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There was a time, well within recorded memory, when political differences and legislative proposals that people had could be discussed and decided with a modicum of civility and even courtesy. That seems not to be true anywhere in the world any longer. Here in Israel we are accustomed to bitter politics and a great deal of personal venom. Yet, somehow this pales in comparison with the current political climate in the United States.

The catalyst for all of this has been the election of Donald Trump as president. However the underpinnings of hate and vitriol all have been in the making for many decades. Fueled by ideology and the certainty of beliefs, encouraged by people who make a living out of rabble rousing, this situation approaches a dangerous one. Violence is never far from the surface and in the society where there are more guns than people, the domestic situation can readily deteriorate.
American democracy has been the strongest form of democracy in world history. However, the United States once fought a bitter and protracted civil war that killed over 600,000 of its citizens. As President Lincoln himself put it in his remarkable second inaugural address: “Both sides prayed to the same God for victory and each was convinced of the righteousness of its cause.” The same can be said of much of the political dispute currently wracking the American public. And, what happens in the United States has consequences here in Israel as well.
The great Rabbi Naphtali Zvi Yehuda Berlin in the introduction to his commentary to the Torah points out that the basis for the destruction of the Second Temple was the baseless hatred that existed between scholars and different sections of the Jewish people at that time. He points out that the underlying cause for this baseless hatred was the inability to discuss and disagree on issues in Jewish life in a sensible and civil manner.
Rather, the contending parties resorted to name-calling and even demonization of their ideological opponents Those that disagreed with one side were immediately labeled by them as heretics and nonbelievers. Such an attitude inevitably leads to personal and eventually baseless hatred. This was the main reason why the Jews were unable to successfully resist the Romans. The Temple was destroyed and our long exile amongst the nations of the world began.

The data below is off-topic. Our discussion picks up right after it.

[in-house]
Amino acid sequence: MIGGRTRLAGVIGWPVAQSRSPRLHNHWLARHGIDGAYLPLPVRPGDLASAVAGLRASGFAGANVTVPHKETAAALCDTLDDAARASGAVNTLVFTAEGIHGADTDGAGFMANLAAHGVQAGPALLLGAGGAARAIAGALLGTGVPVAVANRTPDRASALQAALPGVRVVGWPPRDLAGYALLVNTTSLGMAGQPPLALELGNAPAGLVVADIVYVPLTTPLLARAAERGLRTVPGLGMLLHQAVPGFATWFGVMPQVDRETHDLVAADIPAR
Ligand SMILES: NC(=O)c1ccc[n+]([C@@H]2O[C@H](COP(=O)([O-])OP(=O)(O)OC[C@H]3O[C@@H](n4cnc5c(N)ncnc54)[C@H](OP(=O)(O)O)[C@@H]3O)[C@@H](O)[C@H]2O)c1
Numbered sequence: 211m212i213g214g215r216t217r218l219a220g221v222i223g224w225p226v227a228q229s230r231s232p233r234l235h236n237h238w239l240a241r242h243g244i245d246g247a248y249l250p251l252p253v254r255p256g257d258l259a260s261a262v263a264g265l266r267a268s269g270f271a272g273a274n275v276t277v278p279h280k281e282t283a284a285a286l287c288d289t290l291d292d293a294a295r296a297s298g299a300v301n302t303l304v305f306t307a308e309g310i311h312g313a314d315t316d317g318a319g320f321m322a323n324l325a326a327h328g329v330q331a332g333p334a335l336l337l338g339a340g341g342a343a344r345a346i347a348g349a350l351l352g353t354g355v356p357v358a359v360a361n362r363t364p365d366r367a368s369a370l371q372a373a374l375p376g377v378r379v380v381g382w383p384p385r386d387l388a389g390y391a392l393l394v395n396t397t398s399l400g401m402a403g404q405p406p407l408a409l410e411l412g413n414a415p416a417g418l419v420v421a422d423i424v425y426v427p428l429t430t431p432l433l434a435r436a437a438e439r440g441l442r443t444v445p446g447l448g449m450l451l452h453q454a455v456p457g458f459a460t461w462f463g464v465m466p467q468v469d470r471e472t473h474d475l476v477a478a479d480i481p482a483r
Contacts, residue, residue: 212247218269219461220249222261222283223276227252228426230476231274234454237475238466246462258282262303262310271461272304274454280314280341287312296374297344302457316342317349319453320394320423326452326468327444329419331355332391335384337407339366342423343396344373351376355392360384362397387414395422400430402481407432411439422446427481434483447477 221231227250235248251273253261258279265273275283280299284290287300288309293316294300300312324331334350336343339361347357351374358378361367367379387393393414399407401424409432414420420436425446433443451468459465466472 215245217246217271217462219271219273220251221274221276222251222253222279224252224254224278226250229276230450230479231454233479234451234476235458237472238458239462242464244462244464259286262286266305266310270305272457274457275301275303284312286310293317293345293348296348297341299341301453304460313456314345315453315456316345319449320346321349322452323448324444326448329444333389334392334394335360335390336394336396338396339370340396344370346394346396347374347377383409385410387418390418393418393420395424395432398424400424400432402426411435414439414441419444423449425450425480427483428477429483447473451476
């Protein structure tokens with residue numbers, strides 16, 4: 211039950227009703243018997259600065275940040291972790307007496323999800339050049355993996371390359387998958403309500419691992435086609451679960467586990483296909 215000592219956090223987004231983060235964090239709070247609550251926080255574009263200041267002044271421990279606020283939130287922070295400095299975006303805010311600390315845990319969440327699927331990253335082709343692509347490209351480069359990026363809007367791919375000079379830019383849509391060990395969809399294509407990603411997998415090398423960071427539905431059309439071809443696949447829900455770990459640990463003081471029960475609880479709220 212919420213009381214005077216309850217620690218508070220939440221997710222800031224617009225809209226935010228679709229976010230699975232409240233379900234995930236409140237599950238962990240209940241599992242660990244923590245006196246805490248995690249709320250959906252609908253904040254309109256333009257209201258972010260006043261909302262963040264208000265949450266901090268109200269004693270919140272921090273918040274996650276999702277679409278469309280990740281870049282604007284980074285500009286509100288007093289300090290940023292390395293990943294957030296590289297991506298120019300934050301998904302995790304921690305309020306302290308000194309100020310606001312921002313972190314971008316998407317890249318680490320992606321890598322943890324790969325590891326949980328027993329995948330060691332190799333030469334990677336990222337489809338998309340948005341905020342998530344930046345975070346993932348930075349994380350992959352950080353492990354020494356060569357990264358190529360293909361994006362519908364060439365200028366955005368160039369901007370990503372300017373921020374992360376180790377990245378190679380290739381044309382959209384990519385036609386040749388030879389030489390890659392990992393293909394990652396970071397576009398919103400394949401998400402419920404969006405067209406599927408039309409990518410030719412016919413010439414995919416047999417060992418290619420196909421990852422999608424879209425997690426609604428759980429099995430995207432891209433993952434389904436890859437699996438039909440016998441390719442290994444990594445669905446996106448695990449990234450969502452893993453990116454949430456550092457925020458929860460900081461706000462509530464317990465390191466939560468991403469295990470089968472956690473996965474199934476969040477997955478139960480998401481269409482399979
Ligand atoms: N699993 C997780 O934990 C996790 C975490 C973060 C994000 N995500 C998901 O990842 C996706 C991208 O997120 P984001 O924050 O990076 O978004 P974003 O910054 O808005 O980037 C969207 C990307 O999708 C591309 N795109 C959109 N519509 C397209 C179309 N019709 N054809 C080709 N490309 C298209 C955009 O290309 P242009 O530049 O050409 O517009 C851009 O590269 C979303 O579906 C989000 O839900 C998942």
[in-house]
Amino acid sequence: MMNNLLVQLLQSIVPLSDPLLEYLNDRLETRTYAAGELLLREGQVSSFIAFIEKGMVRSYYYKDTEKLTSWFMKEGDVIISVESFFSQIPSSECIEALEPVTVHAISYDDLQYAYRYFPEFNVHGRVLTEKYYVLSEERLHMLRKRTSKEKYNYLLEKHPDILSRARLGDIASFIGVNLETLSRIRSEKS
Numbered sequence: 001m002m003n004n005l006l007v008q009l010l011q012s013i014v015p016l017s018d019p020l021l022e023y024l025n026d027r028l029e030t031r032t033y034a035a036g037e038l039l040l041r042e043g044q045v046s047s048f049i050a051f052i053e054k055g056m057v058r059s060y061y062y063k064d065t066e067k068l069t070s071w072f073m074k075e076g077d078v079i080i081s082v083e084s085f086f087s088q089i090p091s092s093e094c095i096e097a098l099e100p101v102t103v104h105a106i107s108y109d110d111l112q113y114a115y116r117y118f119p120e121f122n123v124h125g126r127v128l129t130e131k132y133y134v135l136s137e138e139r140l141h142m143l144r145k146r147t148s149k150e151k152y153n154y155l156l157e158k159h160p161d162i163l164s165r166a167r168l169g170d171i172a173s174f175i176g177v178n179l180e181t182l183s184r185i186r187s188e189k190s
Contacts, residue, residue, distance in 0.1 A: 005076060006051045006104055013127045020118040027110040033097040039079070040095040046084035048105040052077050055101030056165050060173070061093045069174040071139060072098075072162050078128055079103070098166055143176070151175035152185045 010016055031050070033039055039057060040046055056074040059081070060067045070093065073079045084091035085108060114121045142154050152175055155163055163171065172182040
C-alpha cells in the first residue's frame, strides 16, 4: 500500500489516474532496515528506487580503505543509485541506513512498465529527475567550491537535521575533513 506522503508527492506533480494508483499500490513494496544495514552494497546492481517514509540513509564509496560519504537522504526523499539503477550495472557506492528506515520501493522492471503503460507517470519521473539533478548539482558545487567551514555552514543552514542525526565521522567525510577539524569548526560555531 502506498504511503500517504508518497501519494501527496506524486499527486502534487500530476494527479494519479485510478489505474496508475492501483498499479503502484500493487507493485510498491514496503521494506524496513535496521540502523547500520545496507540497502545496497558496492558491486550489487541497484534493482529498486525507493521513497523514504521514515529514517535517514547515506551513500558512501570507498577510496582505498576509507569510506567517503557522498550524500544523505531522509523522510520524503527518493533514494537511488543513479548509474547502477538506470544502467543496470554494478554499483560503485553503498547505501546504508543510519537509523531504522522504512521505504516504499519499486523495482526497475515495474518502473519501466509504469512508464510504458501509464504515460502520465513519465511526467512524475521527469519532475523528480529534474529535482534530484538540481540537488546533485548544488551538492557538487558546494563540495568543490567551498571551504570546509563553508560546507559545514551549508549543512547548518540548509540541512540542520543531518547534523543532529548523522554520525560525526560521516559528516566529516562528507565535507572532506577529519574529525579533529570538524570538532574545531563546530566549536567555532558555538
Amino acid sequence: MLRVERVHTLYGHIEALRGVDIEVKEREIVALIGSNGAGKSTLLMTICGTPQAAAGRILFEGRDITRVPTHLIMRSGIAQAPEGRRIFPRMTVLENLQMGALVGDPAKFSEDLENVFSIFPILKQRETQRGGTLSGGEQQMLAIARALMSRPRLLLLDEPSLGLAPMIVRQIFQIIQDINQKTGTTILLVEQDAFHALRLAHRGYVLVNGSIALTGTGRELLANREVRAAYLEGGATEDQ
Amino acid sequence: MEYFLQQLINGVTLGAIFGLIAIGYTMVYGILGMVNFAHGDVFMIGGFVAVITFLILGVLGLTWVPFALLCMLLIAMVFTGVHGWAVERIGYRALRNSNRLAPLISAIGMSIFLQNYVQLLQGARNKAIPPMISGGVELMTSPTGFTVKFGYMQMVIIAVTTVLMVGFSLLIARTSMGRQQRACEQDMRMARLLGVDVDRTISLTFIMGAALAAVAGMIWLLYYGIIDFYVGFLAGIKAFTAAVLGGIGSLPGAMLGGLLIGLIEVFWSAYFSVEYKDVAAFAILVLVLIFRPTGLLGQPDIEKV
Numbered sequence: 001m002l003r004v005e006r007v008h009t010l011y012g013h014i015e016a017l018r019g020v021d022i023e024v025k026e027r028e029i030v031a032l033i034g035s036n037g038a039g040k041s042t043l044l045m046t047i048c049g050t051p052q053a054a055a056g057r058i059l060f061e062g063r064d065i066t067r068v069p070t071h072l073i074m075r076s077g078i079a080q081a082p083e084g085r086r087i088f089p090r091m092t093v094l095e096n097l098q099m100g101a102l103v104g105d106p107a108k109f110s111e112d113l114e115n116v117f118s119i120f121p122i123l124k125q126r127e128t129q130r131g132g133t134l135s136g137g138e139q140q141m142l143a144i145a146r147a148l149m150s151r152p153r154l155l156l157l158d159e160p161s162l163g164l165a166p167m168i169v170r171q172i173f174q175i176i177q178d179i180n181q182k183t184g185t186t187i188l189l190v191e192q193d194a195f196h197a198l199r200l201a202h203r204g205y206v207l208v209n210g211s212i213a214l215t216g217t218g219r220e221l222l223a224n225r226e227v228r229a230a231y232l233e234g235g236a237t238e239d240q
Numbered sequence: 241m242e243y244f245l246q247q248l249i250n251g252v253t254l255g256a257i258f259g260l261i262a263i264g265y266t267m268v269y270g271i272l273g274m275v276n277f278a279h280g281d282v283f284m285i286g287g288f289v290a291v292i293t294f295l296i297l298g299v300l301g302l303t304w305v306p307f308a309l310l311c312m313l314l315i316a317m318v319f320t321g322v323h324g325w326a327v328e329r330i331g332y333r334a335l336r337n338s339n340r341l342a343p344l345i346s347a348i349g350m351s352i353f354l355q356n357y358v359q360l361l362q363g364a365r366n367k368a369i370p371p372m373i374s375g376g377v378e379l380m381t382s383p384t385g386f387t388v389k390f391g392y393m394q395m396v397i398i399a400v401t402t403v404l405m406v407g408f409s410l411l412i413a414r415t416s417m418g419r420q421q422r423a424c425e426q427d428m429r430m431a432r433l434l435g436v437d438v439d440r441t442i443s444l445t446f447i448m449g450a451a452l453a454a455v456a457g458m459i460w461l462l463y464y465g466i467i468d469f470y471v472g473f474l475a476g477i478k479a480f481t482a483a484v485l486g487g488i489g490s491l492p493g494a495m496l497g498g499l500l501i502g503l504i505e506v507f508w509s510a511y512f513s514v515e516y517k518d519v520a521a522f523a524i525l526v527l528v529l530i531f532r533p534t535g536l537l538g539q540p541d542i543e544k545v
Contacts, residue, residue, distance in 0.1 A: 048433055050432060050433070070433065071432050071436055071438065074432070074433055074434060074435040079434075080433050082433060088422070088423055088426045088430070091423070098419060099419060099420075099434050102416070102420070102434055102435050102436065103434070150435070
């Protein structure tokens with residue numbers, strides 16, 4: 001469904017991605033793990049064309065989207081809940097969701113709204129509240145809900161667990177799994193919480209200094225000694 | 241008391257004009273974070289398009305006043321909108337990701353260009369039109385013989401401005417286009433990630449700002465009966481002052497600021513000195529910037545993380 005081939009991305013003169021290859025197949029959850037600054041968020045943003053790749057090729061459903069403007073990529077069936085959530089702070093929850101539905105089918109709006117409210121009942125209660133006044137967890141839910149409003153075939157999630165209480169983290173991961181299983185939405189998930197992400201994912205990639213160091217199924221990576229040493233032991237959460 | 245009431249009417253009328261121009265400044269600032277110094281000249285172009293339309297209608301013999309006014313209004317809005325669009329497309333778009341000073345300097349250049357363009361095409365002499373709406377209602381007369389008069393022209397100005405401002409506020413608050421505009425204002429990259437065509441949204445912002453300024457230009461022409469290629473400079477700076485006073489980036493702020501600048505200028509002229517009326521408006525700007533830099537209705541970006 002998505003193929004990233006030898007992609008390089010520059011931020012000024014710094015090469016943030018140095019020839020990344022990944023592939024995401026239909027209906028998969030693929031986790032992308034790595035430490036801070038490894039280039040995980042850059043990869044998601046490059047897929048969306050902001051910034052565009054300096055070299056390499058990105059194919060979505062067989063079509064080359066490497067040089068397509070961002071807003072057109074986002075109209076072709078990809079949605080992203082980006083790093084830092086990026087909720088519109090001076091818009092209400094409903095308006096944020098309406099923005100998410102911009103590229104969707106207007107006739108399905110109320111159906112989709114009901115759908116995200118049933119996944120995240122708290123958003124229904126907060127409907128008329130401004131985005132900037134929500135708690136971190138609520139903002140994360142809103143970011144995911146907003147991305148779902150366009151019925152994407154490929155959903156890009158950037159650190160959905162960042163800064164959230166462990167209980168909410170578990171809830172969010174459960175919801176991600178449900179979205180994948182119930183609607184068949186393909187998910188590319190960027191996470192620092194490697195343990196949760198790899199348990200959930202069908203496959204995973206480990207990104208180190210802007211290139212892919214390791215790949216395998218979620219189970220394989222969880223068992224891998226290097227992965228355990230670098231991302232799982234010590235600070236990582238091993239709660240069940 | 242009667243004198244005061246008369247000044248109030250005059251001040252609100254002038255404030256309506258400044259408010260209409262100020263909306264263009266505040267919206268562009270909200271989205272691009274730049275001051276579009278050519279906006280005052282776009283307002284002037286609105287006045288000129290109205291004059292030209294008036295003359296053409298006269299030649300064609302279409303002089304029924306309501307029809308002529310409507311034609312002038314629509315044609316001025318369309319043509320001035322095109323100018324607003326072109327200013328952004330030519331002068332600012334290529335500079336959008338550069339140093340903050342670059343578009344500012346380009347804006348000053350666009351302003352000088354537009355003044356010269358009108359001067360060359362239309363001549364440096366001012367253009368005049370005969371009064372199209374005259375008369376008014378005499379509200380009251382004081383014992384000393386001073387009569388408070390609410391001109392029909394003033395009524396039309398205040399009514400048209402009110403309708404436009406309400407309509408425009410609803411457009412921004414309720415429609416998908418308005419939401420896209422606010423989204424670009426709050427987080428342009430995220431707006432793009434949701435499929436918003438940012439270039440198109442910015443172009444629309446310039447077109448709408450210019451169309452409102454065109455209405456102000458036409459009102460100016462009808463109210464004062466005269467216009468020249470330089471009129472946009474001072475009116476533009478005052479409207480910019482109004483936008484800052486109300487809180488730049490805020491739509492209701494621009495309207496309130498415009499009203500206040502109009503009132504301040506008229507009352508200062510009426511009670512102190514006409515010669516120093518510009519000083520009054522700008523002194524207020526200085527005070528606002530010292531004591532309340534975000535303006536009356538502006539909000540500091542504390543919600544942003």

The lack of civility in public discourse, the personalization of disagreements with others and vehemence of partisanship over all else creates a society consumed by hatred of others that will eventually morph into self-hatred as well. The hallmark of all totalitarian states is the demonization and eventual destruction of all those that do not agree with the stated policies and worldview of the state itself. One need only view the wreckage of the 20th century and its wars of extermination in order to realize the danger that begins with the lack of civility in political and even religious issues and discussions.
Our religious world suffers from these deficiencies in a very intense manner. One of the hallmarks of the great men of the Mishnah and the Talmud was how they tolerated each other personally even though they may have strongly disagreed on matters of law and principle.
Shamai and Hillel disagreed on three matters of Jewish law. Their disciples in later generations disagreed on 312 matters of Jewish law. Yet we are told that in spite of these strongly held views and disagreements both groups tolerated each other and were willing to hear and sometimes even adopt their opponents’ viewpoint.
It is this nobility of spirit and selflessness that allows these two groups to march in unison throughout Jewish history till this very day. Politicians and communal leaders make their living off of the differences – many times minor ones – that exist between groups in society. It is those differences that justify their presence in leadership positions. However, for the good of the society similarities should be emphasized and differences minimized and managed.
When the sole purpose of remaining in power is paramount then differences are not only pointed out and sometimes even manufactured, these differences very soon sink to the level of incivility. From there it is a very short road to bitter dispute, demonization of the others and even to violence and the shredding of the fabric of the very society that these types of leaders claim to guide and protect.
Shabbat shalom
Berel Wein

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